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“My child doesn’t like to sit still.”
“My infant likes to put things in their mouth.”
“That won’t work. My child can’t focus.”
“My child doesn’t like to read.”
“My seven-year-old doesn’t like to talk to me.”
These are the challenges I face every time I speak with parents about literacy and reading together. So today’s we are going to focus on what to do in these situations.
I would like to preface this by saying I am in no way an expert on parenting or child development. The information I am sharing is based on experiences I have had and/or tips I have learned from experts in the field.
- Every child is different. Each child learns different. Each child likes different things. Each child has his/her own way of doing things. This is what makes working with children challenging, but it is also what makes working with children fun.
- There is no specific trick or tip that will work for every child. Remember the first rule: every child is different. And because of this, some things work better with one child than they do they other.
- Start early. Talk to your child when he/she is a baby. Read to your child when he/she is young. Children will pick up on these habits at an early age. Reading will become part of their routine. Talking to you will become part of their every day routine.
- Try different things. Going back to rules one and two, sometimes you have to try multiple techniques to get them to open up or to find that one thing they enjoy.
- Most importantly, just have fun! Laugh together. Smile often. And don’t be afraid to be silly. It is during these moments you will find some of the best conversations will happen. Your child will feel comfortable and want to talk with you, read with you and learn with you.
Today’s blog was written by one of our very own children’s storytellers: Miss Elizabeth. You’ll find Miss Elizabeth sharing stories with children of all ages as well as creating wonderful children’s programs at one of our branches. She shares her review of the book Booked by Kwame Alexander for tweens.
Eighth grader Nick eats, sleeps, and breathes soccer, but his family and teachers want him to broaden his horizons. His father insists Nick expand his vocabulary to better educate himself, and forces Nick to study the dictionary. The school librarian, lovingly nicknamed The Mac, encourages Nick to join Book Club. Nick complies and even learns to enjoy reading, vocabulary, and linguistics, but soccer is still his passion.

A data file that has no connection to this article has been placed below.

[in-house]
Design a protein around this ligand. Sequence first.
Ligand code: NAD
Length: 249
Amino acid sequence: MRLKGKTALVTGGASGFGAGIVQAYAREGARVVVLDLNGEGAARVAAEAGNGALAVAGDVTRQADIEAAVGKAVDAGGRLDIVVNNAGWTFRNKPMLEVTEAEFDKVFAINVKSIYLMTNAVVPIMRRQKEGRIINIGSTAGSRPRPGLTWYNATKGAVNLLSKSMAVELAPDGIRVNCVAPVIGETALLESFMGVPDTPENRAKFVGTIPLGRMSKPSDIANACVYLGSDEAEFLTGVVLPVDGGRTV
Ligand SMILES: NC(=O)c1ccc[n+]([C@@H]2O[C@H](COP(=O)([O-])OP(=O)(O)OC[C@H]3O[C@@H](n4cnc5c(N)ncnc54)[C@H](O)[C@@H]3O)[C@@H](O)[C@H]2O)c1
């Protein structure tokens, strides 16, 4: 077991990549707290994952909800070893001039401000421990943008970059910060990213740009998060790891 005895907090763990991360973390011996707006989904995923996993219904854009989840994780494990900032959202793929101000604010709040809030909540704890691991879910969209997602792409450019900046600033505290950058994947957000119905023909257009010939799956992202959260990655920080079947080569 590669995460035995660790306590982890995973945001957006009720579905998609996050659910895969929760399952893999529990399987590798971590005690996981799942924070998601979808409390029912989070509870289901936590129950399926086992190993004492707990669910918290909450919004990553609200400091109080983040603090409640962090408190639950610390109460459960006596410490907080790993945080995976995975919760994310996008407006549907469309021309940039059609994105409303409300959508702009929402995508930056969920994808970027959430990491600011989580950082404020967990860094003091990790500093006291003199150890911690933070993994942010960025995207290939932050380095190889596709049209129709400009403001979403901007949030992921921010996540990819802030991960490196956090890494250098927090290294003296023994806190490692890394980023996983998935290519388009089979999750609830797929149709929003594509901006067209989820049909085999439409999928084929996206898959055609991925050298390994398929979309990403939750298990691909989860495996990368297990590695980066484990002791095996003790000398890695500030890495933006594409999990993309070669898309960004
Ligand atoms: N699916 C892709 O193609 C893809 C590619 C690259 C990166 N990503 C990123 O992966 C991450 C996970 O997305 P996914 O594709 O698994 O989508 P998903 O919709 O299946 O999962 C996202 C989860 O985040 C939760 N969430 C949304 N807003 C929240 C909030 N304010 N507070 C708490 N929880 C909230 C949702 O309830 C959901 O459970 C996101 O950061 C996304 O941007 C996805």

Booked provides smooth, flowing verse, the topic of sports to peak one’s interest, and even vocabulary words are thrown into the mix!
Today’s post was written by our Children’s Librarian Miss Elizabeth and highlights the children’s area in our new location.
If you haven’t heard yet, our Jackson Township branch has a new temporary location at Nobles Pond. It has only been open for a week, but the new children’s section already has patrons raving.
The best toy so far seems to be the heat-sensitive board that enables children to draw with their fingertips, or even leave their handprints on the board.
Puppets, LEGO blocks, and the AWE Early Learning Station made their way over to our new location as well.
Colorful book displays are currently full of back-to-school books, so stop in and pick some up or reserve your favorites now!
The WordPress.com stats helper monkeys prepared a 2015 annual report for this blog. Thanks to everyone who read, commented, and liked our posts this year!
Here’s an excerpt:
A New York City subway train holds 1,200 people. This blog was viewed about 3,700 times in 2015. If it were a NYC subway train, it would take about 3 trips to carry that many people.
Thanks to all of our readers for such a great year in the blogosphere! 🙂 Stay tuned for more great posts!
The WordPress.com stats helper monkeys prepared a 2014 annual report for this blog.
Here’s an excerpt:
A San Francisco cable car holds 60 people. This blog was viewed about 2,500 times in 2014. If it were a cable car, it would take about 42 trips to carry that many people.